Sep. 3rd, 2017

tempestsarekind: (not supposed to be a heroine)
In what is a slightly surprising turn of events, I've found myself avoiding much of the Austen media surrounding the 200th anniversary of Jane Austen's death. Much of the writing about Austen on the internet just winds up irking me and rubbing me the wrong way, and I just haven't felt like dealing with that, this summer. (I did watch Lucy Worsley having fun visiting the places Austen had lived, though. That was cute enough, without doing that "but I'm not like all those other Austen fans" thing that is frequently the cause of my irritation.)

Here, however, is a piece I somehow missed from last year, which I rather liked:

What makes Mr. Darcy desirable? - Talia Schaffer

People often declare pompously that there's no real romance in Austen's novels ("but I'm not like all those other Austen fans!"), because declaring that the matches between characters are solely economic ventures is a way of "saving" Austen from being tarred with the "girly" brush: it's all right to like her, because she's not one of those writers, who care about feelings and whatnot. But that ignores the fact that a marriage to a wealthy man can still be a nightmare; the whole point of the relationships in Austen is that they are good ones, matches of temperament and esteem, not just money. Or as Schaffer puts it here:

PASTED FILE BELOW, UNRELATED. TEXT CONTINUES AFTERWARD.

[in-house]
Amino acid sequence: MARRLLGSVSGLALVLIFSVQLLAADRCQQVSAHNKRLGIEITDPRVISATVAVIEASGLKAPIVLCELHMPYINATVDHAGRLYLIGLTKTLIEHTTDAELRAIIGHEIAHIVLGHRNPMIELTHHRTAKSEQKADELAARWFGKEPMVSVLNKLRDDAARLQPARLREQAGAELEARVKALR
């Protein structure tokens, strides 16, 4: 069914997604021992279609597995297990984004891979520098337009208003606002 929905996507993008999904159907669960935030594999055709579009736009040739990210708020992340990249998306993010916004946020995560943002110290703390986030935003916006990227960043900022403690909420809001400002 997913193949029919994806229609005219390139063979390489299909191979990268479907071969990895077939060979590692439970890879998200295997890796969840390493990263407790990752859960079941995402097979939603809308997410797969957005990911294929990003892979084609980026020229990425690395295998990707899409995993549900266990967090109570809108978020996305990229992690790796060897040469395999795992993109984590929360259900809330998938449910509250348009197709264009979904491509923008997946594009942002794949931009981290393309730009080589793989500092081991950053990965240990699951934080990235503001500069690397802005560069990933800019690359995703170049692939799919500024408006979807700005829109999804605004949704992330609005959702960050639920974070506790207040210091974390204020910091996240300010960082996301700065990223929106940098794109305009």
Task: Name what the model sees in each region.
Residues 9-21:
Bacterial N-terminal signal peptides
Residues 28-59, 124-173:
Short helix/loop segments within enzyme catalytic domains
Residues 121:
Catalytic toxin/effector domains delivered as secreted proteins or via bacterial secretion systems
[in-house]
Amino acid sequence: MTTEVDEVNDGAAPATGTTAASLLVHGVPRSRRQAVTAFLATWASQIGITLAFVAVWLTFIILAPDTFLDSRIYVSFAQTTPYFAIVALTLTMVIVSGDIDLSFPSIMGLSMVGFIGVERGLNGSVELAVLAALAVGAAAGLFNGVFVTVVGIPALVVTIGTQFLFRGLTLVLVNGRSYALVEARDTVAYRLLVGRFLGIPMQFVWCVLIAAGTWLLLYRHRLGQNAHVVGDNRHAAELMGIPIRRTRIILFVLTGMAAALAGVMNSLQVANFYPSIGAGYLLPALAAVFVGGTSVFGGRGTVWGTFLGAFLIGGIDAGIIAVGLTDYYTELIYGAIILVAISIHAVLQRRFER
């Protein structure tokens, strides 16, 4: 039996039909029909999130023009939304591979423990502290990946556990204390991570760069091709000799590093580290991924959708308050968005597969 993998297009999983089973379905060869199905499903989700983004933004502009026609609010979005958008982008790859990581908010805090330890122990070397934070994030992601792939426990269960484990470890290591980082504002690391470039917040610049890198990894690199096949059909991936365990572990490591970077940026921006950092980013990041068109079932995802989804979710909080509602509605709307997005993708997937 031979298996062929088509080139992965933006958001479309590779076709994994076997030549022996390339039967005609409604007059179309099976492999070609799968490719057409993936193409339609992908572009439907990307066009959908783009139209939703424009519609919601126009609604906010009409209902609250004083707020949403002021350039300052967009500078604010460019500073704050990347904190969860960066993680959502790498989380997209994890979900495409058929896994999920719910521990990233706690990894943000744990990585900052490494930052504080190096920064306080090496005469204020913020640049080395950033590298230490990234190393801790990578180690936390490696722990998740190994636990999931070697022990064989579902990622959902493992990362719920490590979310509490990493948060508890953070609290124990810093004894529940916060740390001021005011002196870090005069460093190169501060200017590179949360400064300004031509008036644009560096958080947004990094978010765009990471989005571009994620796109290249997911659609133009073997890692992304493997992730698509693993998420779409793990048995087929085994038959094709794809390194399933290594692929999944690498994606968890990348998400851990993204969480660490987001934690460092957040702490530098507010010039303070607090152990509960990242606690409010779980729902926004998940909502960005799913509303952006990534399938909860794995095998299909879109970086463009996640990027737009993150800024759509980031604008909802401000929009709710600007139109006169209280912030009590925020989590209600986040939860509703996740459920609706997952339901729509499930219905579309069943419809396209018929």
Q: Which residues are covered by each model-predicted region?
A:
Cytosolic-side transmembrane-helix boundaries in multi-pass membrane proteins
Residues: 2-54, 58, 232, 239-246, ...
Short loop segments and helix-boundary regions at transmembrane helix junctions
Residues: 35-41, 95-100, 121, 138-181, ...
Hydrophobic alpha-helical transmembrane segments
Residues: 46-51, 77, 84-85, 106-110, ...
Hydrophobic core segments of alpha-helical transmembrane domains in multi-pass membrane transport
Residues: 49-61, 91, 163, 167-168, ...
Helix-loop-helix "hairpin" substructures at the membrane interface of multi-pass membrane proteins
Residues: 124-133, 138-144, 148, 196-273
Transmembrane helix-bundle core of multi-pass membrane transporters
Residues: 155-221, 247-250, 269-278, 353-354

Yes, Darcy is rich, but his wealth will do no good if he is a gambler like Wickham. Yes, Darcy is well-born, but his class will do no good if he uses his status to crush his wife rather than raise her. Yes, Darcy may be handsome, but his appearance may cover a vicious temper. Far more important than wealth, birth, and looks is a moral sensibility that can regulate these traits in a way that will benefit the woman who marries him.


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